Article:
Lactoferrin - the "miracle molecule" for every phase of life

The human body is exposed to harmful influences such as environmental pollutants, toxins, pathogens and disease processes throughout its lifespan. Therefore, there is great interest in and need for appropriate therapeutics.
Recently, the Kowalczyk et al.[1] research group published an exciting article on lactoferrin as a "miracle molecule" that highlights the broad spectrum of lactoferrin's protective role in health and pathology at all stages of life. Lactoferrin has numerous beneficial properties - antibacterial, antiviral, antifungal and antiparasitic, as well as immunomodulatory, anti-inflammatory and anti-cancer properties - that may play an important role in maintaining health from the foetus to old age.
Basically, the question is often asked whether lactoferrin can affect the body at all due to the human digestive process. However, numerous scientific findings suggest that stable, immunologically active peptides are produced during digestion. In addition, numerous studies, including clinical studies, show that lactoferrin is effective after oral administration and can also enter the intestine.
Even before a human is born, lactoferrin plays a supportive role in ensuring normal tissue development of the foetus, firstly by ensuring adequate iron availability and absorption, and secondly by protecting against inflammation and infection.
Due to its immunomodulatory properties, lactoferrin has a protective effect with regard to the development of children, especially newborns and infants. Numerous clinical trials have been ongoing for years and have already shown protection against gastrointestinal infections, necrotic enteritis and sepsis. As an important part of innate immunity, lactoferrin enhances the action of antibodies and can have a regulatory effect on the production of inflammatory mediators, reactive oxygen species and other important cells of the immune system. In addition, the good tolerability shown in many studies supports its use in infants and young children.
Lactoferrin can also have a positive influence on human reproduction. Due to its probiotic effect, it offers protection for the lower genital tract in women and men. Especially in women, it can prevent the consequences of inflammation both before and during pregnancy and thus promote fertility. In addition to protecting the male genital tract against infections, lactoferrin can regulate the iron content in sperm and thus positively influence their quality.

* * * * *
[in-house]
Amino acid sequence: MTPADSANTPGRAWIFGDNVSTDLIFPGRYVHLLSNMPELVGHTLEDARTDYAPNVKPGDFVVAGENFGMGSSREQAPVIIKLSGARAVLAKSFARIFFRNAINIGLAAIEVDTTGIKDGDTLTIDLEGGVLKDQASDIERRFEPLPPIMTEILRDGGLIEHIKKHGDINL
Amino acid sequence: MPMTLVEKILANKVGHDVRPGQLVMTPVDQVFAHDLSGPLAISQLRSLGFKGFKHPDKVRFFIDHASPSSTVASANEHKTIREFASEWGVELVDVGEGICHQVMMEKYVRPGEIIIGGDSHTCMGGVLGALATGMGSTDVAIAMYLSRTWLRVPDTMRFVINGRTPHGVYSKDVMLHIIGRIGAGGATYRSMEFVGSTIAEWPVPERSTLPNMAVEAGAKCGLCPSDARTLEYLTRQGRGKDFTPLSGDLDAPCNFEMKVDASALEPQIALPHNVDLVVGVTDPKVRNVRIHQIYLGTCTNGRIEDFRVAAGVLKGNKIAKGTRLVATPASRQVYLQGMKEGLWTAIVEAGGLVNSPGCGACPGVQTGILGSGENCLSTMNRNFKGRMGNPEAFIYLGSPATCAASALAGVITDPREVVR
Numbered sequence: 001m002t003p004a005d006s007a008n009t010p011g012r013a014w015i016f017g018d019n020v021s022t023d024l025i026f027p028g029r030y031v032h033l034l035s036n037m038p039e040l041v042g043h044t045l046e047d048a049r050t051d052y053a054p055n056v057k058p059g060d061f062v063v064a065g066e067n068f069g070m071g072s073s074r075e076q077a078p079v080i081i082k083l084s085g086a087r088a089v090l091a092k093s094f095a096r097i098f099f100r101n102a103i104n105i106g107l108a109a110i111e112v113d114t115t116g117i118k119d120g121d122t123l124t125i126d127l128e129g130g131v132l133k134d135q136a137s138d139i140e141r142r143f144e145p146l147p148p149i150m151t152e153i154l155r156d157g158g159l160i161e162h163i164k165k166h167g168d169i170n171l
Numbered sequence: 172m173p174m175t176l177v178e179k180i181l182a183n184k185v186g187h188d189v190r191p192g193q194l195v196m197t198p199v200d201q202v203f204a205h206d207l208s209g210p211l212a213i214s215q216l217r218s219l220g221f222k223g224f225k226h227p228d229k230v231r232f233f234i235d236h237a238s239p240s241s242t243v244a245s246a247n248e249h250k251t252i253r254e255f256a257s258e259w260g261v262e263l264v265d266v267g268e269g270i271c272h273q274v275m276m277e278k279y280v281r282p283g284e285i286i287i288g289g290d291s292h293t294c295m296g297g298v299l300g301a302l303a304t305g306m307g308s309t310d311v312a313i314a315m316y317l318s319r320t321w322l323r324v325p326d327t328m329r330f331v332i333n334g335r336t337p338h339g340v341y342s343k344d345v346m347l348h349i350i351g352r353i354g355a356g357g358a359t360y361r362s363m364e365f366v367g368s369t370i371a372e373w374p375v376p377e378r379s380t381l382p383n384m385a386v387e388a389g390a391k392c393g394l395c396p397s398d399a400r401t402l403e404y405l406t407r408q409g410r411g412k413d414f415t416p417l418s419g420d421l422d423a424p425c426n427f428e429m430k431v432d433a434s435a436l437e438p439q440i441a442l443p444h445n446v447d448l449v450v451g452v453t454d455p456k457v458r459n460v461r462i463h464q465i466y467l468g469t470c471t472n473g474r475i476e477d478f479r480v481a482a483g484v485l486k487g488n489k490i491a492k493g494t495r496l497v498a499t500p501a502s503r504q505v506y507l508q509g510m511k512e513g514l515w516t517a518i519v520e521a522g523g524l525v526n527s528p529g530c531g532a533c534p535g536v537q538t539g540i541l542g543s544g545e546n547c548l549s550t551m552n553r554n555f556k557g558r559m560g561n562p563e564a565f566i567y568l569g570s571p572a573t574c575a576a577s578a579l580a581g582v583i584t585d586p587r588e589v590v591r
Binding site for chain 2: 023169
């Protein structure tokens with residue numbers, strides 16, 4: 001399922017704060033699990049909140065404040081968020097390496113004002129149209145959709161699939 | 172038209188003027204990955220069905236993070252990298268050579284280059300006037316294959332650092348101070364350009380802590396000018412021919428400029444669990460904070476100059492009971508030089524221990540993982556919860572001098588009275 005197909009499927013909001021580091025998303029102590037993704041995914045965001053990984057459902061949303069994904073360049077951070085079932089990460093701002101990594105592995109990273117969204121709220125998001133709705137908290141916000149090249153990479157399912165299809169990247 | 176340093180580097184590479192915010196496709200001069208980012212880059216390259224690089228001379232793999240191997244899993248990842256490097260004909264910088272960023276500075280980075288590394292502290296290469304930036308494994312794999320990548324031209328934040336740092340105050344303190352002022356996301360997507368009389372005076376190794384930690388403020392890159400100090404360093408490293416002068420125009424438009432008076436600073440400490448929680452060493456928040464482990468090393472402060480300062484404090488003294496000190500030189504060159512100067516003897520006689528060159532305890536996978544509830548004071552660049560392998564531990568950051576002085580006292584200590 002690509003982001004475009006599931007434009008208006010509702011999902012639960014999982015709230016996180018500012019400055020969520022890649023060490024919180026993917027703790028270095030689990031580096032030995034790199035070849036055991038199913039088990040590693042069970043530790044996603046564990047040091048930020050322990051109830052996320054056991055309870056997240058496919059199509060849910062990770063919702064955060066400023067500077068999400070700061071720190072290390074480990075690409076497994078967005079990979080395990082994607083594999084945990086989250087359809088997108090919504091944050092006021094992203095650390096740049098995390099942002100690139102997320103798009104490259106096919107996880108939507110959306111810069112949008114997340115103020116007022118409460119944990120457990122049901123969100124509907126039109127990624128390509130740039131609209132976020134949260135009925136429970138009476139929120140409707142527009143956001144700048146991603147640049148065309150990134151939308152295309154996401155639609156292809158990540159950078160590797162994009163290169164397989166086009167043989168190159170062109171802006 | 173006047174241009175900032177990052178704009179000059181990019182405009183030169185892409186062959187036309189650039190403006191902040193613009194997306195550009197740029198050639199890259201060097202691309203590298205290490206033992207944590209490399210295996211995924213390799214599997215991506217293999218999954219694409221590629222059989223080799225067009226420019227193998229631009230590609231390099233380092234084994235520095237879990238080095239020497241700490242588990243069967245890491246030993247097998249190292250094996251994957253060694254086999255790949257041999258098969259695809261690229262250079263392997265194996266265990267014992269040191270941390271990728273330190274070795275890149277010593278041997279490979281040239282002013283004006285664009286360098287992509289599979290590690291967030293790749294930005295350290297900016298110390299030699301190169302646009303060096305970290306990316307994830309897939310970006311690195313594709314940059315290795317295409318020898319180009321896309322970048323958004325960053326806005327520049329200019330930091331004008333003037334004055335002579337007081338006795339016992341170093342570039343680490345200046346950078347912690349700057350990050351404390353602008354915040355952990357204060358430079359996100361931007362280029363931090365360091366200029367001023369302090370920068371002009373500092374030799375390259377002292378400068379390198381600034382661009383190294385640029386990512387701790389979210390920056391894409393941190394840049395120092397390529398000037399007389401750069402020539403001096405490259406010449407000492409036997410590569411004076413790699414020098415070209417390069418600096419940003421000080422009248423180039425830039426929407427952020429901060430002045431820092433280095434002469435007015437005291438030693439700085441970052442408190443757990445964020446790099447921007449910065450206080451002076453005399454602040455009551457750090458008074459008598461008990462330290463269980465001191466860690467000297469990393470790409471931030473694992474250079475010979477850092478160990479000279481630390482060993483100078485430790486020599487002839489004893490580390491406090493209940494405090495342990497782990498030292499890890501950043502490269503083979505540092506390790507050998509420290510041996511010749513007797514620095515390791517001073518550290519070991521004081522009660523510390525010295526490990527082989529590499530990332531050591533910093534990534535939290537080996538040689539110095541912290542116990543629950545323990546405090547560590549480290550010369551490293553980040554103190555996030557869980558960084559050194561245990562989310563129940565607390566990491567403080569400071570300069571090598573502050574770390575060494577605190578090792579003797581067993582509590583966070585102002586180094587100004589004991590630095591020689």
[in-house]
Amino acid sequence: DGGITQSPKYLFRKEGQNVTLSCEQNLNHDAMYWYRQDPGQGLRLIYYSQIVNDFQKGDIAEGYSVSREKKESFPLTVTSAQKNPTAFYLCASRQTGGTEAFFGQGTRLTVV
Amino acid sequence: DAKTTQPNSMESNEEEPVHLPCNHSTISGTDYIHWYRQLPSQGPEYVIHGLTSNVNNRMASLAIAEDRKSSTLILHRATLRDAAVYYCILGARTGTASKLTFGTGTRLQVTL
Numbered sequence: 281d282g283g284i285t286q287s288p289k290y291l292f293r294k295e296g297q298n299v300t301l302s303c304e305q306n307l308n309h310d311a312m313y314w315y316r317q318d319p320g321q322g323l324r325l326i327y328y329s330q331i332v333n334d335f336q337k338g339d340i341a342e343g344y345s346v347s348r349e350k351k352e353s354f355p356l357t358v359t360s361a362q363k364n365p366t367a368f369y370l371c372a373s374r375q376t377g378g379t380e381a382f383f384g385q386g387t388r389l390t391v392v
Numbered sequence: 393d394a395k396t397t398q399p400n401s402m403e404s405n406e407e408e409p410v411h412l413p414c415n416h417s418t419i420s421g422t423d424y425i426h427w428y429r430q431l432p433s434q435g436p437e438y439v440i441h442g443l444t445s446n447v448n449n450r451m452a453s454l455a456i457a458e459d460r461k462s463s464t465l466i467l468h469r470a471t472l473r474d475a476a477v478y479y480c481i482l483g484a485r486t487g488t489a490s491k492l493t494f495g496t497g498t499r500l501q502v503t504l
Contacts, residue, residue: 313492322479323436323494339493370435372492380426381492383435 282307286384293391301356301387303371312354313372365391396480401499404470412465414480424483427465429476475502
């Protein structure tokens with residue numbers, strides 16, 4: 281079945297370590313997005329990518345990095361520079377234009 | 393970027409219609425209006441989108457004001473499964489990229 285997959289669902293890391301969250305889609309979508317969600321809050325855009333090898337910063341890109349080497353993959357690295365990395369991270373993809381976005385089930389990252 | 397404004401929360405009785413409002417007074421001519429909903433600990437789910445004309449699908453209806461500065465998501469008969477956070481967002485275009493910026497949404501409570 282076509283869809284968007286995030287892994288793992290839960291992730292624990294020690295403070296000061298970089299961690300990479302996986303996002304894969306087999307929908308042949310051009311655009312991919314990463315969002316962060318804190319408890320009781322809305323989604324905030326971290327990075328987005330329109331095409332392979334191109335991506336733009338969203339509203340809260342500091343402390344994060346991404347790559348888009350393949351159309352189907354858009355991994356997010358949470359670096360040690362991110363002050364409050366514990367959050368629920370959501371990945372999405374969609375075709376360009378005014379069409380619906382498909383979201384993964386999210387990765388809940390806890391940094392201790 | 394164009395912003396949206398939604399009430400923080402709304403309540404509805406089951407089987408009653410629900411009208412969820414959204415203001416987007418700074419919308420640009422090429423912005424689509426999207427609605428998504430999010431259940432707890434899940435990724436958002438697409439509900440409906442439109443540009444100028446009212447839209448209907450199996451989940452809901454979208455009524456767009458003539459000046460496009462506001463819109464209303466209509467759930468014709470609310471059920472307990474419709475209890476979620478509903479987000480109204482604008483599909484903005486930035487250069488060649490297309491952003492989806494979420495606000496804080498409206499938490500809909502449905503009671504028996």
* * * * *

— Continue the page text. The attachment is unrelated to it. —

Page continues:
The ageing process is a natural, complex phenomenon that increases susceptibility to the development of systemic diseases such as metabolic disorders (diabetes mellitus), cardiovascular diseases, neurodegenerative diseases, respiratory diseases, cancer or dementia. The pleiotropic "anti-ageing" effect of lactoferrin can positively influence the ageing process and its concomitant diseases through its antioxidant, anti-inflammatory and anti-cancer effects, as well as by ensuring neuroprotection or alleviating mitochondrial dysfunction and systemic inflammation.
In particular, the anti-cancer effect of lactoferrin has been shown to be beneficial in colorectal cancer and childhood leukaemia.[2,3] This may be related to the antioxidant and anti-inflammatory effect, which is why DNA damage and thus tumour development can be prevented.
But it is also possible to prevent the development of cancer by stimulating the adaptive immune response.
As already mentioned, widespread, often age-related diseases are Alzheimer's disease and Parkinson's disease. Lactoferrin may also act as a neuroprotective agent in these neurodegenerative conditions, which may help improve cognitive function and attenuate brain ageing. Discussed mechanisms explaining this effect include iron-regulating properties and the influence of lactoferrin on mitochondrial calcium homeostasis in degenerating dopaminergic neurons.
In summary, it is evident that lactoferrin has therapeutic potential for numerous disease conditions and is an important companion throughout the lifespan. Many other exciting pathophysiology’s were addressed in the paper and we are looking forward to further clinical research results on these, as many mechanisms have not yet been conclusively clarified.